• Download all files (must do for each week) [ github ] -> "Clone or download" -> "Download ZIP" -> Extract the downloaded zip in your local working directory to create all necessary files for that week. Be careful of overwriting the files used in previous weeks.
  • Method 1 (easier)
    • You can start the downloaded jupyter notebooks in your web browser by simply typing the following command, where #1 and #2 represent the week and part numbers you are following.
       jupyter notebook 009x_#1#2.ipynb
    • Then watch the corresponding video.
  • Method 2 (harder but more useful to learn programming)
    • You can start a new blank jupyter notebook by typing the following command before watching each video.
       jupyter notebook
    • Refer to one of the Notebooks provided via nbviewer and github while watching the video. You can find the links to the Notebooks under each video.
    • Then you can type the code and commands (or copy and paste from the Notebook to the corresponding cells) directly in the blank jupyter notebook to reproduce the code presented in class.
  • Week1: Python programming for beginners
  • Week2: Distribution function and random number
  • 1. Stochastic variable and distribution functions [ Notebook: pptx / pdf ]
  • 2. Generating random numbers with Gaussian/binomial/Poisson distributions [ Notebook: nbviewer / github / pdf ]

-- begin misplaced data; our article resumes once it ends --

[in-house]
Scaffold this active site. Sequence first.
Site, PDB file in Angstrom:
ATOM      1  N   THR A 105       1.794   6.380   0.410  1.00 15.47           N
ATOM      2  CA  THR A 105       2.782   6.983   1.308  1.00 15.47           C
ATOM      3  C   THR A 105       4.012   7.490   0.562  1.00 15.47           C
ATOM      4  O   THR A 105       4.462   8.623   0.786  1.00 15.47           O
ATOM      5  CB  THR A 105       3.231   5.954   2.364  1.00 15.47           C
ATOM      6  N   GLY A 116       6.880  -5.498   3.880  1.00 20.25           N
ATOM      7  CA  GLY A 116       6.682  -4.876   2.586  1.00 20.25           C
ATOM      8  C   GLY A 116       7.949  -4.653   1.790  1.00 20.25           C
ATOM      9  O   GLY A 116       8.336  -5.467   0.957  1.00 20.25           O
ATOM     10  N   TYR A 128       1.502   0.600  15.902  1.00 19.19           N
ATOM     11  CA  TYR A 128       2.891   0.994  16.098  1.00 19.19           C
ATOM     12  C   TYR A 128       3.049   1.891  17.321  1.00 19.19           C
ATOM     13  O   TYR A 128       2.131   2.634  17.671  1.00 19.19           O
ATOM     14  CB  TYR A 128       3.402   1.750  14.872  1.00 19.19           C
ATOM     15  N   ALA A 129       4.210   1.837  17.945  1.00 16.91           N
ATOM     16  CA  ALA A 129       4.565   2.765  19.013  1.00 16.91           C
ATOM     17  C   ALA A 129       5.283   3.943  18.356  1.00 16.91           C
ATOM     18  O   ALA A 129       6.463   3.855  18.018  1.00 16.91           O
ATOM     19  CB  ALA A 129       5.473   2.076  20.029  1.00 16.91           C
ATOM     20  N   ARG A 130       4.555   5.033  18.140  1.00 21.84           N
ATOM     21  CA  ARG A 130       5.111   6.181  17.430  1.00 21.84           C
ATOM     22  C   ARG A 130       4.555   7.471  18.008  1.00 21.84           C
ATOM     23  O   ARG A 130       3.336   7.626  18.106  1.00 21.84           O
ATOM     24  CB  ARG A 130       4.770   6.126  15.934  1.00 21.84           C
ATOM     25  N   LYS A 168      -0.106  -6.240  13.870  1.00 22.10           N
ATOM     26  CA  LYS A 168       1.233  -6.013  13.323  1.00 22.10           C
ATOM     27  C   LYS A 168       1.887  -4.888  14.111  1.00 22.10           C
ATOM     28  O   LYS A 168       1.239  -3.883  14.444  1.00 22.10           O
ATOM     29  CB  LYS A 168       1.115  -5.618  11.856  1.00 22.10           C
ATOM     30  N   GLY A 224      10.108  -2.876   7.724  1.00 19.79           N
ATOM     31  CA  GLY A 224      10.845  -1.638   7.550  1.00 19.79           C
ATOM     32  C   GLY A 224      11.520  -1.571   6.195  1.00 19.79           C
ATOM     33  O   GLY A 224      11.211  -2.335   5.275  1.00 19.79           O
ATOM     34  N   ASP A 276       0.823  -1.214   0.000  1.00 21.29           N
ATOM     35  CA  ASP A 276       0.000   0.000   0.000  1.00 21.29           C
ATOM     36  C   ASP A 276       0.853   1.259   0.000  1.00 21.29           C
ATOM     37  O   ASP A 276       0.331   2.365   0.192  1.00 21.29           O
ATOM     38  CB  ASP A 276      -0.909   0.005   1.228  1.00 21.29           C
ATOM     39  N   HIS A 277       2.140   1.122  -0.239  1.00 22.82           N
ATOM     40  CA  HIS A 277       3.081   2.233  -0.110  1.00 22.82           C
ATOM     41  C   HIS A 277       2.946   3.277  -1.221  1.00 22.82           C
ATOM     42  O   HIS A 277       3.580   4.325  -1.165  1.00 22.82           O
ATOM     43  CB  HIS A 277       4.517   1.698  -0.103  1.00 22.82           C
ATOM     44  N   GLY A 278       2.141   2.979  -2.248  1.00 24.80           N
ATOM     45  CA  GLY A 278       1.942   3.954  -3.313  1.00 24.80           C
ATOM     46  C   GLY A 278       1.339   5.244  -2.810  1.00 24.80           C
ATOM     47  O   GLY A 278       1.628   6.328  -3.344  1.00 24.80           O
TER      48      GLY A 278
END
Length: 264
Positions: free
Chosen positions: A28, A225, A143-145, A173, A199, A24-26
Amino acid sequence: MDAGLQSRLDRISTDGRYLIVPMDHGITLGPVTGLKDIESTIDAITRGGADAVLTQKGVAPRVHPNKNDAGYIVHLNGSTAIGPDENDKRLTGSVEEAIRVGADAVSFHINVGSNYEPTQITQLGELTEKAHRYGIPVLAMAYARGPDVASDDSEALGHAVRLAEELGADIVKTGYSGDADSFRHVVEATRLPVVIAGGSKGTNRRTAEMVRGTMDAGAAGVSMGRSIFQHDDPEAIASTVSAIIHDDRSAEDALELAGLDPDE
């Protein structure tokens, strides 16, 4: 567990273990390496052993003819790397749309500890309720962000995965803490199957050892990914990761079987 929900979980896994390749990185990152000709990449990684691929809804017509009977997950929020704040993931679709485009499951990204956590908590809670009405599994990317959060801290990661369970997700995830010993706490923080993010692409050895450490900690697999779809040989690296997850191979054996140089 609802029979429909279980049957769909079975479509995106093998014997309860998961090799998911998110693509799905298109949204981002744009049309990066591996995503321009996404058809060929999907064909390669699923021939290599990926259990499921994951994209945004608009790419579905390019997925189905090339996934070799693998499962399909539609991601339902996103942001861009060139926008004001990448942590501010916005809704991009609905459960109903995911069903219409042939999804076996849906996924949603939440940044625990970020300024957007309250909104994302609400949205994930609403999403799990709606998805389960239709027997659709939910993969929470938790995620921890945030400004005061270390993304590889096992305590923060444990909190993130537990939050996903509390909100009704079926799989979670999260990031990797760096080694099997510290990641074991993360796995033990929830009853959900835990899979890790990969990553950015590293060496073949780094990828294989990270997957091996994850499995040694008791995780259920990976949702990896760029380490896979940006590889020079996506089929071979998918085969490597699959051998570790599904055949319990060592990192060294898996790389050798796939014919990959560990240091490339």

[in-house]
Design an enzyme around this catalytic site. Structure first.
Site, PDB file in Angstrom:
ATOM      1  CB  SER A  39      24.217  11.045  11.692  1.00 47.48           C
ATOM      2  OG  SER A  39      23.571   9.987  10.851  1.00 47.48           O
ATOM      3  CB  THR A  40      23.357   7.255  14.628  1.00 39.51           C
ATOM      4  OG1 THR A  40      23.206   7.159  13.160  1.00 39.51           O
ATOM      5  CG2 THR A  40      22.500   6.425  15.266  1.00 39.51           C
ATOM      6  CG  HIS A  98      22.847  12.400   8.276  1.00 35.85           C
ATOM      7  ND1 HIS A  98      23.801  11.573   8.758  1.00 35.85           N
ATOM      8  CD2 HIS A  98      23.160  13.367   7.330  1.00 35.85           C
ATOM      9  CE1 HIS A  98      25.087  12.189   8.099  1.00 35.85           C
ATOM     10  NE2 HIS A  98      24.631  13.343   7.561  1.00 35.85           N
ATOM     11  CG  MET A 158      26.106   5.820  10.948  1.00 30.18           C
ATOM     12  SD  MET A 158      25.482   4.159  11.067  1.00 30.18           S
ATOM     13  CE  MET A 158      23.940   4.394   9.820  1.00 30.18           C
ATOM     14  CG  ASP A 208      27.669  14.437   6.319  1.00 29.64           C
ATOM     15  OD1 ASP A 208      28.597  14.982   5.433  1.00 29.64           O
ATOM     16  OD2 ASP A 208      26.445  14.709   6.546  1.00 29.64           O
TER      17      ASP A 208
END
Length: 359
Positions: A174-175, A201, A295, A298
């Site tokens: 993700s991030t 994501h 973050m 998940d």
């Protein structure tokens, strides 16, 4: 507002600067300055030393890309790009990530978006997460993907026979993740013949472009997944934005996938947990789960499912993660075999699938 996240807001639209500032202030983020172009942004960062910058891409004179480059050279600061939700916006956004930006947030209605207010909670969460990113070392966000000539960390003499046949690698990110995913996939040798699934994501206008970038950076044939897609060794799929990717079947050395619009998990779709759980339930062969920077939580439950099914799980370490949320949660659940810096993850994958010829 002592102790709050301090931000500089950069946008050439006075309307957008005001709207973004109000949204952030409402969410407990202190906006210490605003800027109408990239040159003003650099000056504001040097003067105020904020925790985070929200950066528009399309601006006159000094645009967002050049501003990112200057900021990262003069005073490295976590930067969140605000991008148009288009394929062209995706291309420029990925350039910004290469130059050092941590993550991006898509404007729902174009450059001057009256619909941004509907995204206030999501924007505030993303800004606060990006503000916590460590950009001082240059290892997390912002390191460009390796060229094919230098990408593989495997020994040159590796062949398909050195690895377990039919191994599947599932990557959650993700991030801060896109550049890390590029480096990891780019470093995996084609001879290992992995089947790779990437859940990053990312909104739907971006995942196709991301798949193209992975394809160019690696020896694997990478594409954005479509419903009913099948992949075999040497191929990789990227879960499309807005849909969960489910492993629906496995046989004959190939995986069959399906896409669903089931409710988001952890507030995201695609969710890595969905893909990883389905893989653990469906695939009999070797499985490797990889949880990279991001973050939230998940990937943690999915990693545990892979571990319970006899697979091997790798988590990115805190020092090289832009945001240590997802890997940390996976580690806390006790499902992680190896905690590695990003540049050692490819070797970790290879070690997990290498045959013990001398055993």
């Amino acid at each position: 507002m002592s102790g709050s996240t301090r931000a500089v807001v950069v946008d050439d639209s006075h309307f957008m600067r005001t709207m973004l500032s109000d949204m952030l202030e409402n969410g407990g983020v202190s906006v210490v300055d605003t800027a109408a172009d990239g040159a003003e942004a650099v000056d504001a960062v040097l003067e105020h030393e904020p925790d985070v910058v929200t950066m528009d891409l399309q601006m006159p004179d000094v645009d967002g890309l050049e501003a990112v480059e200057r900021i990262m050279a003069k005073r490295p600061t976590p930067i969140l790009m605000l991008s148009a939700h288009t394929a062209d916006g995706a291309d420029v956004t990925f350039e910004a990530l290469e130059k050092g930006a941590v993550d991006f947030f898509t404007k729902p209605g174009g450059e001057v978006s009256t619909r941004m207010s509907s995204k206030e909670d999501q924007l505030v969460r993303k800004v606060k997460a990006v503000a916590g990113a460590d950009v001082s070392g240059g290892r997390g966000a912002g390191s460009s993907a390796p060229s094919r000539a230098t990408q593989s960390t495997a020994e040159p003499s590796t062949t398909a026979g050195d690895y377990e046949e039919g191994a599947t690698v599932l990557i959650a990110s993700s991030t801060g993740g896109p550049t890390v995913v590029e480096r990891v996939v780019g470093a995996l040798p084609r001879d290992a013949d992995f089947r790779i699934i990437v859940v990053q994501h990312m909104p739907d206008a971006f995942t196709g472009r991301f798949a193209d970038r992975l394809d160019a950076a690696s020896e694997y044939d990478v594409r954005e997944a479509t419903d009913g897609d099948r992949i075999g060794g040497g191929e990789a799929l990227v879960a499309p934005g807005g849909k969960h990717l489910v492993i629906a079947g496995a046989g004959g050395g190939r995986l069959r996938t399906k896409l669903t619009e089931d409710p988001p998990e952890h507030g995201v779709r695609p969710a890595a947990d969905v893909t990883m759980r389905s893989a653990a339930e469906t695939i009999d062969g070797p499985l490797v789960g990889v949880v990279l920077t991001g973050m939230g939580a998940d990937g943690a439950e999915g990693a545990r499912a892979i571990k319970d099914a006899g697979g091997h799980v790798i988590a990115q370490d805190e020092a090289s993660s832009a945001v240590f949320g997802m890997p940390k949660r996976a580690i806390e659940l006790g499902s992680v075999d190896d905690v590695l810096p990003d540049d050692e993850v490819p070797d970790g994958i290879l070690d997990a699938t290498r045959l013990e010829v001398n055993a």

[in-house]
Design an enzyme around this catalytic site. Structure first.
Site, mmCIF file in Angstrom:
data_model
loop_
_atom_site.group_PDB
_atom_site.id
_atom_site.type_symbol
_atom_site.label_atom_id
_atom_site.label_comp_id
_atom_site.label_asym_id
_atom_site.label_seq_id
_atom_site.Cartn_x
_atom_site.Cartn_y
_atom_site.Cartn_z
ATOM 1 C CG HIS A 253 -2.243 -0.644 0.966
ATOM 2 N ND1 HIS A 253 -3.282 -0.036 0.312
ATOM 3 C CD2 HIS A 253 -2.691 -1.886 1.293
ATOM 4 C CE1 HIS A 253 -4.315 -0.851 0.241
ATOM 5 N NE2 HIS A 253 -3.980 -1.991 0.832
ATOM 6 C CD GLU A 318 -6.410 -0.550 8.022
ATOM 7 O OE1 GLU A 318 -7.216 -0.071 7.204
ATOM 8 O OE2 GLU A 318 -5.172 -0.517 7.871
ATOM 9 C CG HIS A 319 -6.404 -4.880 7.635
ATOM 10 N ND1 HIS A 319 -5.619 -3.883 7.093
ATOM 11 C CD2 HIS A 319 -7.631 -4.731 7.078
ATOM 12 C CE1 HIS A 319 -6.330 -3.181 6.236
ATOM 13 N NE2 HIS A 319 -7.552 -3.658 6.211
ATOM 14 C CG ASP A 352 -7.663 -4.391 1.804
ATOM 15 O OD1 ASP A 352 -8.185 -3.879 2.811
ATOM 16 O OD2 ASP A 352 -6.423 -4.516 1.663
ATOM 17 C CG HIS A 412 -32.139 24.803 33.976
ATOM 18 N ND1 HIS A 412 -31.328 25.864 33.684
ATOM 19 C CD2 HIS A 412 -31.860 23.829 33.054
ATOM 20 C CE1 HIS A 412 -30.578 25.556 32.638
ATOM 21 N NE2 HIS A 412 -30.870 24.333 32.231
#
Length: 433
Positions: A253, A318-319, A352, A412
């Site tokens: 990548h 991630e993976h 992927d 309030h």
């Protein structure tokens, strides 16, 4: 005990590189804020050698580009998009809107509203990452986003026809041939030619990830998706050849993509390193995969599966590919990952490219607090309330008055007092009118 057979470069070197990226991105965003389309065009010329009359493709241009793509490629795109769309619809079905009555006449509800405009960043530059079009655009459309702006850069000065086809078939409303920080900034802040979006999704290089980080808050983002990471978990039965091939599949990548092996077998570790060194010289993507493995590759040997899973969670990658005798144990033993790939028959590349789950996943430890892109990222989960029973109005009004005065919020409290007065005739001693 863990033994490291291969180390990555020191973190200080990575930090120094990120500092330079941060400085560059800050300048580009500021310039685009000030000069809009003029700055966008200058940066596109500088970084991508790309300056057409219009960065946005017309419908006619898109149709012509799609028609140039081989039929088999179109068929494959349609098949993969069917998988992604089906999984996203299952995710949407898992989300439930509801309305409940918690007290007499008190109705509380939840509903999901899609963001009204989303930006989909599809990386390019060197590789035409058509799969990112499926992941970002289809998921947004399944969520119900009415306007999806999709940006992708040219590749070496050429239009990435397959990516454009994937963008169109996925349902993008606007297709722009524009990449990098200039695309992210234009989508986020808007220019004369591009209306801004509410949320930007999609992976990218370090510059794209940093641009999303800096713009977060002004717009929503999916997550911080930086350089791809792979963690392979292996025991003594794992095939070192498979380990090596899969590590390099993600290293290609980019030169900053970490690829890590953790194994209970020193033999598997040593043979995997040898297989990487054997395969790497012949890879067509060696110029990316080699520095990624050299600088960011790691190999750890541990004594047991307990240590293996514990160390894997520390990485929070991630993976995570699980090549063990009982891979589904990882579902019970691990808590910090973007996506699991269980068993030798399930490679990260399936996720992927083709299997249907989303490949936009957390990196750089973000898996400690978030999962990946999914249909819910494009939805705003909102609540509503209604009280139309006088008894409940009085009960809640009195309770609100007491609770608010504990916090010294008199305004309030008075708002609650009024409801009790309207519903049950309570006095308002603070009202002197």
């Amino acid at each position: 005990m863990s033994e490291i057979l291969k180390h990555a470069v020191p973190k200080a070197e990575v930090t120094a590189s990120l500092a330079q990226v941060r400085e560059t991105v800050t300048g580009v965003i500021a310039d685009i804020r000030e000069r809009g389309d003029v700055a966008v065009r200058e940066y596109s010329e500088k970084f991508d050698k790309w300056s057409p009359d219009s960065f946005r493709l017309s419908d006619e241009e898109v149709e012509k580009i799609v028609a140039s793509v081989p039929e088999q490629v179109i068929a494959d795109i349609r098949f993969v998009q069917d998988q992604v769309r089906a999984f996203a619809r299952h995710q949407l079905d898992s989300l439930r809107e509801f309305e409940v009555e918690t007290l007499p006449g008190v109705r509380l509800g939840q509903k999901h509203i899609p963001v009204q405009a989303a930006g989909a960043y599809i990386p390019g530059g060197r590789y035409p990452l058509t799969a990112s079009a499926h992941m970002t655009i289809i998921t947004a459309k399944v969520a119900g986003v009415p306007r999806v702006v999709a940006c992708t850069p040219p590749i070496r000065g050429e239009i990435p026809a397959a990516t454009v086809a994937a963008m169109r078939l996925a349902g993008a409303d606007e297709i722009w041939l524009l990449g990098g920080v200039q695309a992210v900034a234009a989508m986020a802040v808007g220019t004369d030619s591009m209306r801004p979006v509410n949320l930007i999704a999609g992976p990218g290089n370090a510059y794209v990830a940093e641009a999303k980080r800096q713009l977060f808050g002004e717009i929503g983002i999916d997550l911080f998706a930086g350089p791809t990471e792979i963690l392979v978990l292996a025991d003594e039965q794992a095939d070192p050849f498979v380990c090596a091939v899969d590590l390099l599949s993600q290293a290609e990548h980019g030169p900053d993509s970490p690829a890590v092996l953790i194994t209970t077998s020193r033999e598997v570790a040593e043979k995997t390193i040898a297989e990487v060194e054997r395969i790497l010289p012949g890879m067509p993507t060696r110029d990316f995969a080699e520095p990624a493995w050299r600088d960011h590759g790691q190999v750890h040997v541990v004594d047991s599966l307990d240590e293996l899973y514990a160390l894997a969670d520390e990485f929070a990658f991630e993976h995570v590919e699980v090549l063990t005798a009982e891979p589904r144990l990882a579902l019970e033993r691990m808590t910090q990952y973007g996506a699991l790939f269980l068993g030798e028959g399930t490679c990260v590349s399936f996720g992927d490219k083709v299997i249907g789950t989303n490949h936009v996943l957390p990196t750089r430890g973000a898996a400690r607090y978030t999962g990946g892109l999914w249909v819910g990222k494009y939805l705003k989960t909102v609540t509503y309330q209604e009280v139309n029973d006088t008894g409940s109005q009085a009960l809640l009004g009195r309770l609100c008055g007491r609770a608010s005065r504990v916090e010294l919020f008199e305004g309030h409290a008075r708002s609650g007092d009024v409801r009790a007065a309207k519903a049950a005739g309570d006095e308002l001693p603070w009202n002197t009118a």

• Week3: Brownian motion 1: basic theories
  • 1. Basic knowledge of stochastic processes [ Notebook: pptx / pdf ]
  • 2. Brownian motion and the Langevin equation [ Notebook: pptx / pdf ]
  • 3. The linear response theory and the Green-Kubo formula [ Notebook: pptx / pdf ]
  • Week4: Brownian motion 2: computer simulation
  • 1. Random force in the Langevin equation [ Notebook: nbviewer / github / pdf ] [ Supplemental_note_4-1: pdf ]
  • 2. Simple Python code to simulate Brownian motion [ Notebook: nbviewer / github / pdf ]
  • Week5: Brownian motion 3: data analyses
  • 1. Distribution and time correlation [ Notebook: nbviewer / github / pdf ] [ Supplemental_note_5-1: pdf ]
  • 2. Mean square displacement and diffusion constant [ Notebook: nbviewer / github / pdf ]
  • Week6: Stochastic processes in the real world
  • 1. Time variations and distributions of real world processes [ Notebook: nbviewer / github / pdf ]
  • Download simulation results to be performed in 6-2, 6-3, and 6-4, and Stock price data used in 6-4 [ github ] -> Download -> Extract in your local working directory to create 4 ".txt" and 2 ".csv" files.

Useful Information

  • Download Python and set up a programming environment on your [Windows/Mac/Linux] PC [ Go ]
  • Python 3 official documentation [ Go ]
  • Jupyter official website [ Go ]
  • Related online resources
  • edX "Introduction to Computer Science and Programming Using Python" [ Go ]
  • What I have done to make my slide presentations
  • Install anaconda "Anaconda3-4.4.0-MacOSX-x86_64.pkg" downloaded from .
  • Install RISE (v.5.0.0) by following the instructions found in .
    conda install -c damianavila82 rise
  • Install notebook extensions by following the instructions found in . Then you can use a spell checker etc...
    conda install -y -c conda-forge jupyter_contrib_nbextensions
  • Install additional packages
    conda install -c menpo ffmpeg
    conda install pandas-datareader
  • Update all packages
    conda update conda
    conda update anaconda
  • Modified "~/.jupyter/" by nu-commenting the following line
    c.NotebookApp.browser = u'Safari'
  • Launch *.ipynb using Safari, display full screen, click the "RISE presentation icon"